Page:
Angkasa-X aims to launch its first LEO satellite sometime in 2022.
“Owning and operating space infrastructure involves having in-depth expertise, dedicated teams and intensive capital expenditure before results are tangible. Hence, Angkasa-X’s strategy is to create a wholesome and holistic ecosystem to realise this aspiration.”
Angkasa-X already has a very strong Satellite Design and Engineering Team. “A few of them are professors. Our team leads are currently working on LEO satellite projects abroad,” shared Sean.
Through a collaboration with Universiti Sains Malaysia (USM), the global education technology partners to bring ‘satellite design and engineering’ courses for talent development, while also training up its design and engineering team in Malaysia, include SPUTNIX. The company is ranked 6th in the “Fast Growing” category and 10th in the “Most Innovative” category among all Russian high-tech companies according to the TechUspech annual rating, and the first company to launch a private Russian satellite in 2014.
In Malaysia, Angkasa-X had last month signed a three-party Memorandum of Understanding (MOU) with the Penang State Government and University Science of Malaysia (USM) to establish the ASEAN Space Economy by forming the ASEAN-LINK satellite constellation.
In addition, the company also signed a Memorandum of Agreement (MOA) with USM for the Space Technology and Satellite Engineering Talent Development Programme. The aim of this programme is to develop more skilled talent for the space industry, with Angkasa-X also having establish its Space Technology Education Fund to provide the necessary funding to train up graduates from universities to join its ASEAN-LINK satellites constellation programme.
Sean also shared that Angkasa-X is deeply involved with Malaysia’s electrical and electronic (E&E) industry, particularly in Penang.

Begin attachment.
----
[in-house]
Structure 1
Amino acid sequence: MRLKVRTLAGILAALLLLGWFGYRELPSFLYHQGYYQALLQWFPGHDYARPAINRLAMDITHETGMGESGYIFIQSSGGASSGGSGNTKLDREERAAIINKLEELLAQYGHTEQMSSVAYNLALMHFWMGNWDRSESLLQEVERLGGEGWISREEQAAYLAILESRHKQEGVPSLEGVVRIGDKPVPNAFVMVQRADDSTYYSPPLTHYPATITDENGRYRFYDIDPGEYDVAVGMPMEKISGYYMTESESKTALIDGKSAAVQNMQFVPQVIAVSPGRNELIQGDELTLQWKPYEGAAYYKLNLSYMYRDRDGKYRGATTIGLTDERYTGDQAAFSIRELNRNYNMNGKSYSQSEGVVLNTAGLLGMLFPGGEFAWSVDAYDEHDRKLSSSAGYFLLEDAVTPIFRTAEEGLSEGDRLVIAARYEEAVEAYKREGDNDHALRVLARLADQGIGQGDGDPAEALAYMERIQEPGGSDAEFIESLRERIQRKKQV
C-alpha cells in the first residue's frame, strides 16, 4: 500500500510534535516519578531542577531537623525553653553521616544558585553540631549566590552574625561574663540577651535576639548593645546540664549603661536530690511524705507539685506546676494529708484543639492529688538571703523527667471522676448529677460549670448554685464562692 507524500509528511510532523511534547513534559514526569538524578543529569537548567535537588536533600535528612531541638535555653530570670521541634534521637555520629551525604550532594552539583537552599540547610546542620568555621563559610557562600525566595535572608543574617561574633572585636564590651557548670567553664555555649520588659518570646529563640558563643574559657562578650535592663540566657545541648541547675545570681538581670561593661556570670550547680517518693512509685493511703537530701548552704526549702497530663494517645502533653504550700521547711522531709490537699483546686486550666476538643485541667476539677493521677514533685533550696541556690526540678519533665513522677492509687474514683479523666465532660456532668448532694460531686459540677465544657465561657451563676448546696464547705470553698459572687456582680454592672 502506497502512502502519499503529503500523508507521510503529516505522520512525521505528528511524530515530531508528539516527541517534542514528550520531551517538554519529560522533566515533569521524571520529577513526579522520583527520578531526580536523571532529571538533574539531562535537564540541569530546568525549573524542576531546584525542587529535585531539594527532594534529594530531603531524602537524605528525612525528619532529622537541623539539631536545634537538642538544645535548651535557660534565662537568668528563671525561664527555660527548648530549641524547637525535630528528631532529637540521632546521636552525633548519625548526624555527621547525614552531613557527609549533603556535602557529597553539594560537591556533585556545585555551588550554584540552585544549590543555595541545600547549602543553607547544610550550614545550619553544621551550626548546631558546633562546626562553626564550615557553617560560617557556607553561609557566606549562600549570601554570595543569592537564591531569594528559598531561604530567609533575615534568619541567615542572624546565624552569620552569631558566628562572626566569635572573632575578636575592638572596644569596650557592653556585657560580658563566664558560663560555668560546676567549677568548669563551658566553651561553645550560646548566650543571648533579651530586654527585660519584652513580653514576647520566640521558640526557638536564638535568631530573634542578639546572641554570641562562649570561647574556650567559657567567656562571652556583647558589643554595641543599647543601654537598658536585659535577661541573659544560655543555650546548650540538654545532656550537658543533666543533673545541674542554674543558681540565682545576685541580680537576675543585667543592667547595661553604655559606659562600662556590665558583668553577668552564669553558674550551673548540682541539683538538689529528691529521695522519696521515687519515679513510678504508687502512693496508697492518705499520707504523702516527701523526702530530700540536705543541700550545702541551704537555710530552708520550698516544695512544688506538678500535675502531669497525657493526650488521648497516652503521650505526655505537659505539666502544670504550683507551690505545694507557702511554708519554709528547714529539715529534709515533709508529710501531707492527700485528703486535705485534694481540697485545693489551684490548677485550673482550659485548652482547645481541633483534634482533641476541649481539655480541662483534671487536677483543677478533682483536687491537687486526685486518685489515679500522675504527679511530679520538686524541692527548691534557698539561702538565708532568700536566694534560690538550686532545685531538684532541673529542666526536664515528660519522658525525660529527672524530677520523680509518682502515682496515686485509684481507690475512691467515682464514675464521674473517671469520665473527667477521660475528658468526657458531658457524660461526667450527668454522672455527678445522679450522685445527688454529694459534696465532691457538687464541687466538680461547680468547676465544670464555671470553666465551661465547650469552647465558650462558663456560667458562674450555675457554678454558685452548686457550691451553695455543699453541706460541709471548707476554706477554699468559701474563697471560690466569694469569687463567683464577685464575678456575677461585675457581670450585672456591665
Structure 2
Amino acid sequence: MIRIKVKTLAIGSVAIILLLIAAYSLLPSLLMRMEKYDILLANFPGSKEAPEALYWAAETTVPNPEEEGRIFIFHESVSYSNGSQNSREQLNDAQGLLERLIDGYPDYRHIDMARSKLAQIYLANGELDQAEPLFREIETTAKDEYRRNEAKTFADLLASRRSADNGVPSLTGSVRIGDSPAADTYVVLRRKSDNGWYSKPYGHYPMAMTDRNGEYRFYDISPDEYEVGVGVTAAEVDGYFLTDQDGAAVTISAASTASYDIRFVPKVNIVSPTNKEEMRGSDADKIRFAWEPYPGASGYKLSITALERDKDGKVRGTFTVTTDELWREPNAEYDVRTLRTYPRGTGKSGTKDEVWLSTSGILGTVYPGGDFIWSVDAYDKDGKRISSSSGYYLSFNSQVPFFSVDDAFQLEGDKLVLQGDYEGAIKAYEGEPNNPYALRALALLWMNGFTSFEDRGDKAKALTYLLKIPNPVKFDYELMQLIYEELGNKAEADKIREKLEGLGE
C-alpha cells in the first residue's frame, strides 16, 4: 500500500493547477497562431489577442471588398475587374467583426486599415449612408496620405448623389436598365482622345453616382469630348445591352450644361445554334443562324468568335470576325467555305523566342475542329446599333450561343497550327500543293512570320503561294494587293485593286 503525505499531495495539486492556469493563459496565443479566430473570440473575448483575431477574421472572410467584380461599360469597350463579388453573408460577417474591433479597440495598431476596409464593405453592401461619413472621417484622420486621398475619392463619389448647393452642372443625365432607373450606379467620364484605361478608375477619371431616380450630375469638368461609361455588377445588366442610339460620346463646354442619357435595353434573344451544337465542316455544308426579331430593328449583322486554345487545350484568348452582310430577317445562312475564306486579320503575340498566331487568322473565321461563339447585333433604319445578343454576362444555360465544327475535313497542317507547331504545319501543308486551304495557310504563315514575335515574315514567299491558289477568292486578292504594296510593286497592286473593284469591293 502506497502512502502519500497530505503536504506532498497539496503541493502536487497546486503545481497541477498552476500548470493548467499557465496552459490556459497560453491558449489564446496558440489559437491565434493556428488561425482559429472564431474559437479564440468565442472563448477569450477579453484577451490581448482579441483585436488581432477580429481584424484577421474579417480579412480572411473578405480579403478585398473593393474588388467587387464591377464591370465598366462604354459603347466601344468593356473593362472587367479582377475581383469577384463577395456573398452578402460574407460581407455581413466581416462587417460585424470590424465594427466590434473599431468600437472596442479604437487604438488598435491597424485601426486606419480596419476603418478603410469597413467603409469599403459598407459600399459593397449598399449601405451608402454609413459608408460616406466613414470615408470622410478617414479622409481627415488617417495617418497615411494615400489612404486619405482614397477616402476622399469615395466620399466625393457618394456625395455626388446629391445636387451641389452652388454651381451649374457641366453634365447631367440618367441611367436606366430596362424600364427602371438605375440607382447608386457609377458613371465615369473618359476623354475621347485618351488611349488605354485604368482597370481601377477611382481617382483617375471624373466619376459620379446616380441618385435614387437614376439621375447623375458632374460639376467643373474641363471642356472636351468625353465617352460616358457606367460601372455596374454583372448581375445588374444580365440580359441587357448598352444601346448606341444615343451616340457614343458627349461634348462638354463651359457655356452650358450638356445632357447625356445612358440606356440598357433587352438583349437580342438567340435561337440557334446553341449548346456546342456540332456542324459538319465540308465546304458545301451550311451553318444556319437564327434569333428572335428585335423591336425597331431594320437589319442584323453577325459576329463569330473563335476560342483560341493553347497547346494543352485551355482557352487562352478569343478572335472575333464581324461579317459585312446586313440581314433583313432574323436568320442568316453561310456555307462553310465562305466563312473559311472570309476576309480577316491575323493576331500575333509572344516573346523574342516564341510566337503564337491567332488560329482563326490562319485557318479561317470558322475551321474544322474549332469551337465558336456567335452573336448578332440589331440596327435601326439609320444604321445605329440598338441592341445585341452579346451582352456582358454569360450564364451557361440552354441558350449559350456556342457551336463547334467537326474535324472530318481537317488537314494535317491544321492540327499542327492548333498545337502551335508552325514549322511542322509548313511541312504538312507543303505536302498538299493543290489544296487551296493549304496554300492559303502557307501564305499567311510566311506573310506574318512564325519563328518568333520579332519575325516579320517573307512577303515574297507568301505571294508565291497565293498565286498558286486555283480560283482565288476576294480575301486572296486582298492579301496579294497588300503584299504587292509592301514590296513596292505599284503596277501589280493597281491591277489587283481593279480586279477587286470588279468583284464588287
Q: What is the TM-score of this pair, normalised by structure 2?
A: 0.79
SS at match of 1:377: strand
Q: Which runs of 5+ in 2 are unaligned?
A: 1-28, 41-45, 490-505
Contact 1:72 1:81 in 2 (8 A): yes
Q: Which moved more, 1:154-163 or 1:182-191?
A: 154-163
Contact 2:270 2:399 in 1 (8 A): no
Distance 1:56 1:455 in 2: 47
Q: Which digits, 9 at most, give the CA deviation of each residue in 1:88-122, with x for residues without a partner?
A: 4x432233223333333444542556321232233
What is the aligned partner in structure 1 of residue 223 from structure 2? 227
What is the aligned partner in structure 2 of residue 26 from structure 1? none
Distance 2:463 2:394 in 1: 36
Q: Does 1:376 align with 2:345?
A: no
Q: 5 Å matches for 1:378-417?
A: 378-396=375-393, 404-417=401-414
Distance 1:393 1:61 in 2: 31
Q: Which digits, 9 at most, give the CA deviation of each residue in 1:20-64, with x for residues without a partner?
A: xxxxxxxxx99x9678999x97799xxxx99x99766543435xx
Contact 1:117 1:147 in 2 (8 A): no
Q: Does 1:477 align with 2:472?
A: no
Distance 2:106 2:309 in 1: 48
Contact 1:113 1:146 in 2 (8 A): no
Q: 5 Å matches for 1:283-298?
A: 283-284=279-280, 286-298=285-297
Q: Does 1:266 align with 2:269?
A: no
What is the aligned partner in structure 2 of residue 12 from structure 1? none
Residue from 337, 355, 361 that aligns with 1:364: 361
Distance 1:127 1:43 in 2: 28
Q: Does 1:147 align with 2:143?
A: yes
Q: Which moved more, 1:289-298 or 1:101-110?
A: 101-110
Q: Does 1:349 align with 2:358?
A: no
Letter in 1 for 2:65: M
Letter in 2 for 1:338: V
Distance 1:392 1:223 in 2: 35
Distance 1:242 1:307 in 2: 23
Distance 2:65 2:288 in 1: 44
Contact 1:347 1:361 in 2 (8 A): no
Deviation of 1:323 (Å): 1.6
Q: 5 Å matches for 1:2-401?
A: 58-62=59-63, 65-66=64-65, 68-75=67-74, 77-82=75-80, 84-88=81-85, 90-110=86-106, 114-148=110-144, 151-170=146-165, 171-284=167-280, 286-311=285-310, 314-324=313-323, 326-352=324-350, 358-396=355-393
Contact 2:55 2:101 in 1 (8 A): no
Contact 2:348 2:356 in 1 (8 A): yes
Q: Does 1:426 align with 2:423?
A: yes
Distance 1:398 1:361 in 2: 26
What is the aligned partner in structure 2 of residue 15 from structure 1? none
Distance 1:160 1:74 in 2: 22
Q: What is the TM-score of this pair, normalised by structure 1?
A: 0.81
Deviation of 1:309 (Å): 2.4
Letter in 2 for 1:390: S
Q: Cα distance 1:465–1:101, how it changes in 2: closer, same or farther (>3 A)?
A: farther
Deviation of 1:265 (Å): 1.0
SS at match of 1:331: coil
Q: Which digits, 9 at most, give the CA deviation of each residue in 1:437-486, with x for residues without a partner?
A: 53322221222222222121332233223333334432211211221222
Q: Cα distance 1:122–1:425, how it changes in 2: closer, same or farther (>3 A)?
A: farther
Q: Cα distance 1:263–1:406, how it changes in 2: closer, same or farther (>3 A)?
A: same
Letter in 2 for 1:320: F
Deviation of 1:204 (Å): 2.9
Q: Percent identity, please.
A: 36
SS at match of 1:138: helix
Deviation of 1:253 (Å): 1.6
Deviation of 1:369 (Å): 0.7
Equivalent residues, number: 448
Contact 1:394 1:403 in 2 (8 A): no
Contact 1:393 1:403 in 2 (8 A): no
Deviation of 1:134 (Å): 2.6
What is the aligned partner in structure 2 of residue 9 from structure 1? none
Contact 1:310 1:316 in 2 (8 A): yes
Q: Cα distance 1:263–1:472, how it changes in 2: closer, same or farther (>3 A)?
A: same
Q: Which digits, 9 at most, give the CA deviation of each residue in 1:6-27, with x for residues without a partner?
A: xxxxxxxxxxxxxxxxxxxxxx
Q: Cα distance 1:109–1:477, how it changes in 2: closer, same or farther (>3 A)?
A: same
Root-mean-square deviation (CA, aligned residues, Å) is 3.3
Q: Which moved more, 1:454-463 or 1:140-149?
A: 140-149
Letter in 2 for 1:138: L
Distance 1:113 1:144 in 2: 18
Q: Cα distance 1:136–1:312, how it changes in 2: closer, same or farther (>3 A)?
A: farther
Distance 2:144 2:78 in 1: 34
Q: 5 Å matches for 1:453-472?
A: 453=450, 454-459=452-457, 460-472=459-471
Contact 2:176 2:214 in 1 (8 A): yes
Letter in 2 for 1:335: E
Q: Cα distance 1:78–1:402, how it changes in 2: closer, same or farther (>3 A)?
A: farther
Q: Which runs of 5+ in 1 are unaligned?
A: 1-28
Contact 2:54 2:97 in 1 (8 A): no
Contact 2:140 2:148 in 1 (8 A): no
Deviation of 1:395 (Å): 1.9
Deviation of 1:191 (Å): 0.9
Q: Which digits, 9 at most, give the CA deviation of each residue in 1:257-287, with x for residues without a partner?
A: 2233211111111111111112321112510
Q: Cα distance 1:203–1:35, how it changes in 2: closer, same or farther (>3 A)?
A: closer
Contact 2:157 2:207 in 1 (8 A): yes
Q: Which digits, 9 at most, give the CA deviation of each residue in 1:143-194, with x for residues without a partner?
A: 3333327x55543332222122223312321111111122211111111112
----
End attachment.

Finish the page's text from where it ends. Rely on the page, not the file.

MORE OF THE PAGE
“A number of E&E players have decided to partner with us and we are also working hard to further firm up the component supply chain,” he said.
The financing aspect
On the funding side, with the support of its strategic equity partners Greenpro Capital Corp. (NASDAQ: GRNQ) and SEATech Ventures Corp. (OTC PINK: SEAV), Angkasa-X plans to offer an initial public offering (IPO) in the U.S. capital markets in forthcoming months.
“The Morgan Stanley Space Team estimates that the roughly US$350 billion global space industry could surge to over US$1 trillion by 2040. We aim to bring a slice of this pie to Malaysia for the benefit of ASEAN countries,” said Sean.
“At the end of the day, though, what we are truly aiming for is the establishment of the ASEAN Space Economy to provide affordable internet-connectivity as a necessity.
“The bigger picture is about social inclusion and digital economic transformation to rural communities within ASEAN countries while delivering a number of sustainable development goals laid out by the United Nations,” added Sean, who is also PIKOM (National Tech Association of Malaysia) Deputy Chairman.
“We believe that, at the rate we are moving, Angkasa-X will be Malaysia’s first ‘unicorn’ (tech company valued at over US$1 billion) and the number one go-to company for LEO satellite-based Internet services in ASEAN.”
Earlier this year, Sean was also appointed Deputy Chairman of the World Information Technology & Services Alliance (WITSA) and re-elected as Chairman of the WITSA Finance Committee for the 2020-2022 term.
In 2022, Malaysia will be hosting the World Congress on IT (WCIT) in 2022 – billed as the ‘Olympics of the ICT world’ – and Sean will be continue to be instrumental in bridging and representing Malaysia to the global ICT industry.
Source: Angkasa-X Group